RR603 - Evaluating methods of training of mineworkers for hot inspired air when wearing self-rescuers
HSE defined a need for an improved training methodology for escape respiratory protective devices, essentially to provide a realistic experience of the hot air breathing effects of a device operating in a high carbon monoxide content mine atmosphere. Information was also sought by HSE on the tolerability and ultimately endurance limits associated with the extended wearing of an escape respiratory protective device producing a significant heat burden. This information would collectively help address HSE's duty to offer advice to mine managers on escape respiratory protective systems selection and use, including where escape will entail conditions of high heat and humidity. The research work was addressed in two phases; involving (i) thermo-chemical modelling of filter self-rescuers and the development of a hot air simulation device, suitable for both research and training purposes, and (ii) a range of physiological trials which identified significant thermal physiological benefits from adopting a staged evacuation process in conjunction with safe havens.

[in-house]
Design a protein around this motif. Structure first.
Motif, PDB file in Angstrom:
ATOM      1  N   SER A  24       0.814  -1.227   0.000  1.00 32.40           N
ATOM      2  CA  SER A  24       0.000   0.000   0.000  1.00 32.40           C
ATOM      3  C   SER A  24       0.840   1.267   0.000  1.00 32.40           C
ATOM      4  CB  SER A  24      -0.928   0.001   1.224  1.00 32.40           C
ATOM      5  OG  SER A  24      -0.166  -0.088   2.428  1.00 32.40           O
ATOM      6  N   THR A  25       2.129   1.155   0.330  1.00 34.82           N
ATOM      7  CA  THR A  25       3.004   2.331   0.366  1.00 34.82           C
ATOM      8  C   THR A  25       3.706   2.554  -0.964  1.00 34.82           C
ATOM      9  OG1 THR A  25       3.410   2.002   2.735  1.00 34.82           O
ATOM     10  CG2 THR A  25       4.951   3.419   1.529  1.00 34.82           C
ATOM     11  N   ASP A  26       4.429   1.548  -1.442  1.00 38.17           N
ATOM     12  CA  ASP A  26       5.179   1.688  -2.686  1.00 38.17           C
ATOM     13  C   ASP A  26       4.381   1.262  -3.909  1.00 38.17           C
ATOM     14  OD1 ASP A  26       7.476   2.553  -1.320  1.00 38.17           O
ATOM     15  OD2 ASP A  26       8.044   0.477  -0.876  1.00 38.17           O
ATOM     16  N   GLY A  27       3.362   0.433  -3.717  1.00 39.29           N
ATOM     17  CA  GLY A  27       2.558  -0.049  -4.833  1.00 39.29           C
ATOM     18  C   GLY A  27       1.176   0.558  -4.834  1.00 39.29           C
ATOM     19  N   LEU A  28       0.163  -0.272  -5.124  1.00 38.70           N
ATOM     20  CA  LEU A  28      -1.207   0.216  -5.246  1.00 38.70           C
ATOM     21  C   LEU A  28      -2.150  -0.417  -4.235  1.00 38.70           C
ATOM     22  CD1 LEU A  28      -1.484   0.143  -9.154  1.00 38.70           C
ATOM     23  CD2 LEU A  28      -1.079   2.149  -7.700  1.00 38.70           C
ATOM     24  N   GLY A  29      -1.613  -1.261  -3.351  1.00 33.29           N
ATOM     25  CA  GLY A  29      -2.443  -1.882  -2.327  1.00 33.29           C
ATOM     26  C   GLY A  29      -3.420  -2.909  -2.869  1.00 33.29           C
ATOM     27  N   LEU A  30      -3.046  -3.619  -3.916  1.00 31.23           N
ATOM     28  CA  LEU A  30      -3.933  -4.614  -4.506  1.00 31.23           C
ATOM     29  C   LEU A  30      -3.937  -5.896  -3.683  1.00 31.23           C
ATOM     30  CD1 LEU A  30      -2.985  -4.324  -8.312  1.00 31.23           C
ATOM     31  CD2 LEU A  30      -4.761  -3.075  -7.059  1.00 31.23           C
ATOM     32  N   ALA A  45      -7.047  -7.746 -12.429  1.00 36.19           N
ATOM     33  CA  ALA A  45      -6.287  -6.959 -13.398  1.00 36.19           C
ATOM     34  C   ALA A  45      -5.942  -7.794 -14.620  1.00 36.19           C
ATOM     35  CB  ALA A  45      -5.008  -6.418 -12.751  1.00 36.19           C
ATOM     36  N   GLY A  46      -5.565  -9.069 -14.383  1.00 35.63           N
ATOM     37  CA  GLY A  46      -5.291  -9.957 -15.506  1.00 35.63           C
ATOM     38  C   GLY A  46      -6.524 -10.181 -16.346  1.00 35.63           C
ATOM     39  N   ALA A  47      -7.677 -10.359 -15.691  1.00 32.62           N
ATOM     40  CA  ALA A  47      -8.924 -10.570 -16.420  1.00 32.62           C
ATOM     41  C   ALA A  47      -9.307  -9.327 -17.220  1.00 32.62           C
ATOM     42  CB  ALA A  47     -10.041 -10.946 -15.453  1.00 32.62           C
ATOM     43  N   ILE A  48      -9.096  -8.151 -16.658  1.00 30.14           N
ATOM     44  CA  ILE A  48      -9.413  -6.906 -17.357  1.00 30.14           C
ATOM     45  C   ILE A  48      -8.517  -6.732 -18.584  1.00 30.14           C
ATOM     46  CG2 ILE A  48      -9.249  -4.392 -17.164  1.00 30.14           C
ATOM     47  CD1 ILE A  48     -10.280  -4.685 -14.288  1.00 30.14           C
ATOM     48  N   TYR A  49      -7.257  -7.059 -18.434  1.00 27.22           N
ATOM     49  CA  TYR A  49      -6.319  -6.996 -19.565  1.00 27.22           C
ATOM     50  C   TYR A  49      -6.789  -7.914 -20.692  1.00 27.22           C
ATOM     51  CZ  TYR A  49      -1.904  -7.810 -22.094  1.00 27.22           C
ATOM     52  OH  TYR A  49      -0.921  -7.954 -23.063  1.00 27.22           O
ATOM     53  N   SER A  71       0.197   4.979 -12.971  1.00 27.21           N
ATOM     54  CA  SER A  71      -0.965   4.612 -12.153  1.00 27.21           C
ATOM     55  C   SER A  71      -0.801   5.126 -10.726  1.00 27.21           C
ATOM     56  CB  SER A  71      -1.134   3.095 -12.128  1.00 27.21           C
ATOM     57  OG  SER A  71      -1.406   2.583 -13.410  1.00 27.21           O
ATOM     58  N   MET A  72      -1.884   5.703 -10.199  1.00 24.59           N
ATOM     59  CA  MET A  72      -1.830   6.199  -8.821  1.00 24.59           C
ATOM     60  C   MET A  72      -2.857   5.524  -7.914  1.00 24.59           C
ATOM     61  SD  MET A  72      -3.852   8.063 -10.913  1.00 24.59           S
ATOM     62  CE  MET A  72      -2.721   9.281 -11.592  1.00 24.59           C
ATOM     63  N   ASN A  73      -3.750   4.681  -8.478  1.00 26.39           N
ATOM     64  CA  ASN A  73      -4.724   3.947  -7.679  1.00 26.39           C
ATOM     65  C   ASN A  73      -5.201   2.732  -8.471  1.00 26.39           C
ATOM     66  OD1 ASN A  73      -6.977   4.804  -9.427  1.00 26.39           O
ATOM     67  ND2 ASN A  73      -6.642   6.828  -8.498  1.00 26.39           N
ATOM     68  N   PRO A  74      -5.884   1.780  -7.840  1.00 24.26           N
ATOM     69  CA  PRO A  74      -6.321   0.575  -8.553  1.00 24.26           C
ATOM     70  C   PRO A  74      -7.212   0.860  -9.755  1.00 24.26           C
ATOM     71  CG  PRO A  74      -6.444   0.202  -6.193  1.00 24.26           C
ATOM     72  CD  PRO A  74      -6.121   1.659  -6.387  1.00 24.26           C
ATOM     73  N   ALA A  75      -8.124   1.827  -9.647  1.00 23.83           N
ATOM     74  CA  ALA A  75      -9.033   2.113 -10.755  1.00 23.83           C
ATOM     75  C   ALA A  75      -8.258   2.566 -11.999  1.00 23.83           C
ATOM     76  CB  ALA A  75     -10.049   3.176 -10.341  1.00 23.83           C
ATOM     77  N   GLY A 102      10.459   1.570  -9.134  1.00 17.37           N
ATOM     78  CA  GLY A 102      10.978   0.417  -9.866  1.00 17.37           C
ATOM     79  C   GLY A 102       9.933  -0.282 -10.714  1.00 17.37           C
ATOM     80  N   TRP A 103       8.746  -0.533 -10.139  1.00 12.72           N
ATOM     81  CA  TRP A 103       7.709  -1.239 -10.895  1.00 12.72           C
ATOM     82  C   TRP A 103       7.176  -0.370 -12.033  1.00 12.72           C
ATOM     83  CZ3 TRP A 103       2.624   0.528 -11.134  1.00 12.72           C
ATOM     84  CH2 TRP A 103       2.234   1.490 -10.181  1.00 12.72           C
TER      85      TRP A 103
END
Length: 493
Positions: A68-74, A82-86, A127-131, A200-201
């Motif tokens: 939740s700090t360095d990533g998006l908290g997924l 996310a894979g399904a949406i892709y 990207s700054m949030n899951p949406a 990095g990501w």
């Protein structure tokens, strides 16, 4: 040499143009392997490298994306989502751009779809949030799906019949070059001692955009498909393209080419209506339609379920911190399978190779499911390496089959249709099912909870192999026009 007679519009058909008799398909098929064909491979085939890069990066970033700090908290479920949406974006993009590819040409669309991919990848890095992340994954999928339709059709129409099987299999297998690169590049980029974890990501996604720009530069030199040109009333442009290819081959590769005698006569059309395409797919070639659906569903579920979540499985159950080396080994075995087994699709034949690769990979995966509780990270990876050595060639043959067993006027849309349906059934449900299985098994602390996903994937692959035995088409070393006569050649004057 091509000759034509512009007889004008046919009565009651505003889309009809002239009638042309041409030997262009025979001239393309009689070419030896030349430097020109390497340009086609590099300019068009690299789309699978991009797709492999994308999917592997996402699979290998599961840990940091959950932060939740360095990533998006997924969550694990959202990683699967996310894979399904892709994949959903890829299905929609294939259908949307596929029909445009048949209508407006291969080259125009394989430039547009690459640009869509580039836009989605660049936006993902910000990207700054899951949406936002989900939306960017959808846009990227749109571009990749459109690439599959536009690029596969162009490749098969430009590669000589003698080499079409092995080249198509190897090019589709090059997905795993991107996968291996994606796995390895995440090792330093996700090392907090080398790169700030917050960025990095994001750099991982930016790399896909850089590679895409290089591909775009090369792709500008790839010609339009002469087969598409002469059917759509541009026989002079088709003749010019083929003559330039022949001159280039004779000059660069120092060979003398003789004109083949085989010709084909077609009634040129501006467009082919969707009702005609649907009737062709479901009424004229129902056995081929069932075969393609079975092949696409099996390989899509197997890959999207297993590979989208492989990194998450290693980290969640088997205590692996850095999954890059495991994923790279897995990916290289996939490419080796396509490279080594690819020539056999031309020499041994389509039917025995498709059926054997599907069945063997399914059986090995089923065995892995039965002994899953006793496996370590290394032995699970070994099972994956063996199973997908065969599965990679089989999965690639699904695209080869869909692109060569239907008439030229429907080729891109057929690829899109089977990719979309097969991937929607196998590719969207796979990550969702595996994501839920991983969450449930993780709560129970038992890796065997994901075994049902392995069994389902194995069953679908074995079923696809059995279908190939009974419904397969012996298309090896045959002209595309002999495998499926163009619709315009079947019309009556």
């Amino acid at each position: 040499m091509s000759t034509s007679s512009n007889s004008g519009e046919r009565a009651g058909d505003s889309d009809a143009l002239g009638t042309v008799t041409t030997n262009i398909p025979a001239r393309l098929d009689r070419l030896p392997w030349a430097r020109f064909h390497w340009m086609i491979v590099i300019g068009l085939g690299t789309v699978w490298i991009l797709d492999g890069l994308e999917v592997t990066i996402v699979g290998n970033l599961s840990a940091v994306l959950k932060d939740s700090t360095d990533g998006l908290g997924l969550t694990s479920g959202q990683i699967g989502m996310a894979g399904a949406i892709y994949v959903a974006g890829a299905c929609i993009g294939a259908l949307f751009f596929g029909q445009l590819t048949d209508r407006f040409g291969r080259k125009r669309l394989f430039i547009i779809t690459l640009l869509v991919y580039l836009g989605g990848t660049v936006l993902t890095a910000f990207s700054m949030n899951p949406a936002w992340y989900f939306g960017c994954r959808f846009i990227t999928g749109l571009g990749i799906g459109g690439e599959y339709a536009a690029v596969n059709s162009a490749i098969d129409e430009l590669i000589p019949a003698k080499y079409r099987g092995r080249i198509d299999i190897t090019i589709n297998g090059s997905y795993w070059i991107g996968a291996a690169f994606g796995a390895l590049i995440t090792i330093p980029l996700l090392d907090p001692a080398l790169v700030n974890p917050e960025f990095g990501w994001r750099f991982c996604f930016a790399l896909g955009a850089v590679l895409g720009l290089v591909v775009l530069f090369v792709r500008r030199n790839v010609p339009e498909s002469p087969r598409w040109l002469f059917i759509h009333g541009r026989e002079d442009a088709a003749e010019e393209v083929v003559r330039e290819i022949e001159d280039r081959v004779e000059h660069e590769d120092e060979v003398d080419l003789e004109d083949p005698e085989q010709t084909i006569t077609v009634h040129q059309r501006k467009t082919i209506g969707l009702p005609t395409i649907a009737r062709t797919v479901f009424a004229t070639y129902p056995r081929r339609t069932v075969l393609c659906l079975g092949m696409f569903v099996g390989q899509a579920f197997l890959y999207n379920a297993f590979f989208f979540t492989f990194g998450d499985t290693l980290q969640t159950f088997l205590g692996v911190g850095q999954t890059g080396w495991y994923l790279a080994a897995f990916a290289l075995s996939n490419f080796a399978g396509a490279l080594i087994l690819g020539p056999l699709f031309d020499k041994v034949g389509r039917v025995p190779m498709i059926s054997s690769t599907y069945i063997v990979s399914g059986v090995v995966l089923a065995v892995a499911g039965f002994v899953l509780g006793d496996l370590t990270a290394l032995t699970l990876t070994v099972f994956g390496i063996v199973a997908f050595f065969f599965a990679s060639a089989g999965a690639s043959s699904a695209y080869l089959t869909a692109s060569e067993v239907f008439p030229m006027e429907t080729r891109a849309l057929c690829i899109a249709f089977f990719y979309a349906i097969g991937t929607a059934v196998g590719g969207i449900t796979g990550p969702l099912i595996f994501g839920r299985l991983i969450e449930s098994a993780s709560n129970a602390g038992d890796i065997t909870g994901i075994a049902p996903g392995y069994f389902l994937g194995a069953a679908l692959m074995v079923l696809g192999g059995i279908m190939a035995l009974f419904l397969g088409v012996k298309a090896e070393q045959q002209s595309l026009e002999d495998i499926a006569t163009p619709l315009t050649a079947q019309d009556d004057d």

This report and the work it describes were funded by the Health and Safety Executive (HSE). Its contents, including any opinions and/or conclusions expressed, are those of the authors alone and do not necessarily reflect HSE policy.
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